Sunday, April 21, 2013

The art of cabling

The challenge of organising your cables behind your TV is nothing compared to that of a large computing cluster.

One of our standard racks contains 12 Dell R510s servers (for storage) and 6 Dell C6100 chases (providing 24 compute nodes) all 36 nodes are connected with a 10 Gb (SFP+), 1 Gb (backup) and 100 Mb (for IPMI) network cable. Connecting to 3 different network switches at the top of the rack. In addition the 18 "boxes" need a total of 36 power connections. A total of 144 cables per rack!

How to cope? Separate the network cables from the power cables, a possible source of noise. Use different colour cables for the different traffic and add unique id number for each cable. Use lose, removable cable ties. When a cable brakes don't remove it, just add a new cable.

The 10 Gb switches, in our case Dell S4810s, connect using 4 40Gb QSFP+ cables to two Dell Z9000 core switches. Having two core switches allows us to take one unit out of service without downtime (we use the VLT protocol and it works!). However this does add cable complexity. The backup 1 gig switches connect to each other in a daisy chain using 10 Gb cx4 cables, left over from before our 10 Gb upgrade. Finally the ipmi switches connect to a front-end switch using 1GBaseT cables.

The picture shows the inter-switch links. Visible are the orange 40Gb connections and blue 10Gb cx4 cables. In addition each 40 Gb cable has an ID indicating which rack it came from and which core switch its going too.

We have one rack full of critical, world facing servers. These servers need to be available all the times making it very difficult to reorganise the cabling. As a result over time, as we add and remove servers, the cabling becomes a mess. This is starting to become a risk! We are just going to have to accept some down time to sort it out in the near future.

Monday, April 15, 2013

virtualization performance hit

Like the rest of the world,  there is a lot of discussion going about the use of clouds and virtualization in gridpp.

Using virtualization will have a performance impact, so using it for our type of computing (hpc/htc) may not be the best solution. However just what impact does it have? A quick search of the web suggests anywhere between 3 to 30%. Most of the overhead appears to be in the kernel and in i/o.

I decided that I wanted to do some of my own tests with the focus on the type of work we do in gridpp. 

Testbed: 24 thread westmere processor running at 2.66 GHz + 48 Gig of memory using Scientific Linux 6.3 (basically RHEL6). I'm using the default install of KVM with the virtual image as a local file setup to use all 24 threads.

Benchmarks: 1) I unpack and make the ROOT analysis package using 24 threads; 2) as 1 but using only one thread. 3) I generate 500,000 Montecarlo events using the HERWIG++ Generator; 4) as 3 but I also include the time taken to unpack and install HERWIG++; 5) I run the HEP-SPEC06 benchmark. For tests 1 to 4 i use the TIME command to obtain the real time taken (smaller is better), for 5 I report the hep-spec score (larger is better).  I will run the benchmarks on the bare metal install and on the VM on the same hardware and compare the results.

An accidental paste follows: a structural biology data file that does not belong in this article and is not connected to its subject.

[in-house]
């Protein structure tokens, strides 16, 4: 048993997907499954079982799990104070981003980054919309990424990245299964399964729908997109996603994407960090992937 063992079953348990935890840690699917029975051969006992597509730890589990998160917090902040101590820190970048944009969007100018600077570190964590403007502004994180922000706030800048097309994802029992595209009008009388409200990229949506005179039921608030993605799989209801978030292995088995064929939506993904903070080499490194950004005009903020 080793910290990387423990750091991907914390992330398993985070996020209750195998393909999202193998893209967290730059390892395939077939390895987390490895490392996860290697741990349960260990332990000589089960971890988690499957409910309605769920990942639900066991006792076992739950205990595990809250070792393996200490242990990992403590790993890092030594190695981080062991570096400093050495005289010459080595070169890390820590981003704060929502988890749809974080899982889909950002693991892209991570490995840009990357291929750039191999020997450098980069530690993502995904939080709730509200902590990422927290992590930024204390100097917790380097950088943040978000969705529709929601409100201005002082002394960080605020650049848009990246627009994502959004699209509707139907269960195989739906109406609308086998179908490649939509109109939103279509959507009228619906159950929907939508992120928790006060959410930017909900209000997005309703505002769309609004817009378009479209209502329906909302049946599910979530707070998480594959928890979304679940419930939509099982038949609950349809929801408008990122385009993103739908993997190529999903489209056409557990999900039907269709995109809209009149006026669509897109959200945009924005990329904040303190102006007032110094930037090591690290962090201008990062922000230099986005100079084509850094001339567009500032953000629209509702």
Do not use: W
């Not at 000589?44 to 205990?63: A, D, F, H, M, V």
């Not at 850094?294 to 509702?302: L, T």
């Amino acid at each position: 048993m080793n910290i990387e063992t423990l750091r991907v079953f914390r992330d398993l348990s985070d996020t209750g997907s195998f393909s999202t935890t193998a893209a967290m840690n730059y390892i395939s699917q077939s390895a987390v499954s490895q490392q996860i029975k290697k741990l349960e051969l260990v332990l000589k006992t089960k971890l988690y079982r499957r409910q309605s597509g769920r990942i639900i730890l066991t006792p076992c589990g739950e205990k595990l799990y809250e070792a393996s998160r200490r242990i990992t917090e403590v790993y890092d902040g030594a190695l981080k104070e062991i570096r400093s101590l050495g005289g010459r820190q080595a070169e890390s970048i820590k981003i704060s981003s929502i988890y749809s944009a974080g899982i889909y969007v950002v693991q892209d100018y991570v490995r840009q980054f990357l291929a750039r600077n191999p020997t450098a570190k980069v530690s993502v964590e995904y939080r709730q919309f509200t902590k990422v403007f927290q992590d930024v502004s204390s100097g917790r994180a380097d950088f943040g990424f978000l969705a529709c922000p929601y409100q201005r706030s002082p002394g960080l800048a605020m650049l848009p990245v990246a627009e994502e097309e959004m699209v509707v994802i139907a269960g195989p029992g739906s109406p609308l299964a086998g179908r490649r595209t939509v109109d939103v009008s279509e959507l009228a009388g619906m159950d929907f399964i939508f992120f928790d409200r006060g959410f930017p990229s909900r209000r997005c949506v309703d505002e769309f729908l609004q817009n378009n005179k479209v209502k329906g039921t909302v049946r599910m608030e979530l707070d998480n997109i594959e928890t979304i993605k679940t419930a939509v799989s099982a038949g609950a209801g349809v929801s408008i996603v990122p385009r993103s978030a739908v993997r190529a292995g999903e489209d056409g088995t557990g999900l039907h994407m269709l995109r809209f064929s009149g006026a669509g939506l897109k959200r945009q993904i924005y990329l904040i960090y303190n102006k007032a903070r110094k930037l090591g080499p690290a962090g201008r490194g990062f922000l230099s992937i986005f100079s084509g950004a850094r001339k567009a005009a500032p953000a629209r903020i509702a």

Out of the box performance of KVM results in ~3% (CPU intensive) to 20% (sys call intensive) reduction in performance. There is some indication of correlation with ratio of sys time / user time (particular effect with make/tar/gzip?). This is not seen in HEP-SPEC result. SYS time is the CPU time spent within the kernel and from previous studies we expect this to incur a high performance hit in virtualization.

If I get the time I intend to repeat analysis using optimisations (e.g. guest image on LVM). Repeat analysis using fedora 18 ( ~RHEL 7). Repeat using sandybridge cpu. Look at network performance (eg iozone with lustre).

Wednesday, April 10, 2013

The Queen Mary Grid Cluster

The qmul grid/htc cluster is a high throughput (htc) research computing cluster based at Queen Mary, University of London. We primarily serve the scientific grid community and are funded by the griddpp
collaboration (i.e. uk stfc research council). By high throughput we mean the ability to do lots of individual separate jobs. Our main workload is data analysis for the ATLAS experiment at cern. We are the top site in the UK for this type of work, and one of the leading sites for the ATLAS LHC experiment in the world. We are part of the LondonGrid (hence the post to this blog!)

Our cluster comprises of:

For running the actual jobs
30 Dell C6100 using X5650s processors, contributing a total of 2880 job slots, and
60 older streamline nodes using E5420 processors, contributing a total of 480 job slots.

For Storage we run the Lustre parallel file system using
72 Dell R510s with 1800 TBytes of disk and
12 older Dell 1950s with MD100 disk arrays with 360TB of disk
Our actual provision is about 1600TB due to the use of raid 6 and "real" disk sizes.

We have a lot of development work to do over the next year which I hope to describe over the coming month in this blog including...

  • A new monitoring system probably based on opennms.
  • A new deployment system, to replace our hand made perl/mason/kickstart system probably using razor and puppet.
  • A cloud stack, we've been doing scientific computing using the grid software, but this model of computing is likely to be replaced with a cloud type model, we will need to look at the various options (OpenStack, CloudStack or OpenNebula).

The 11 racks of the QMUL cluster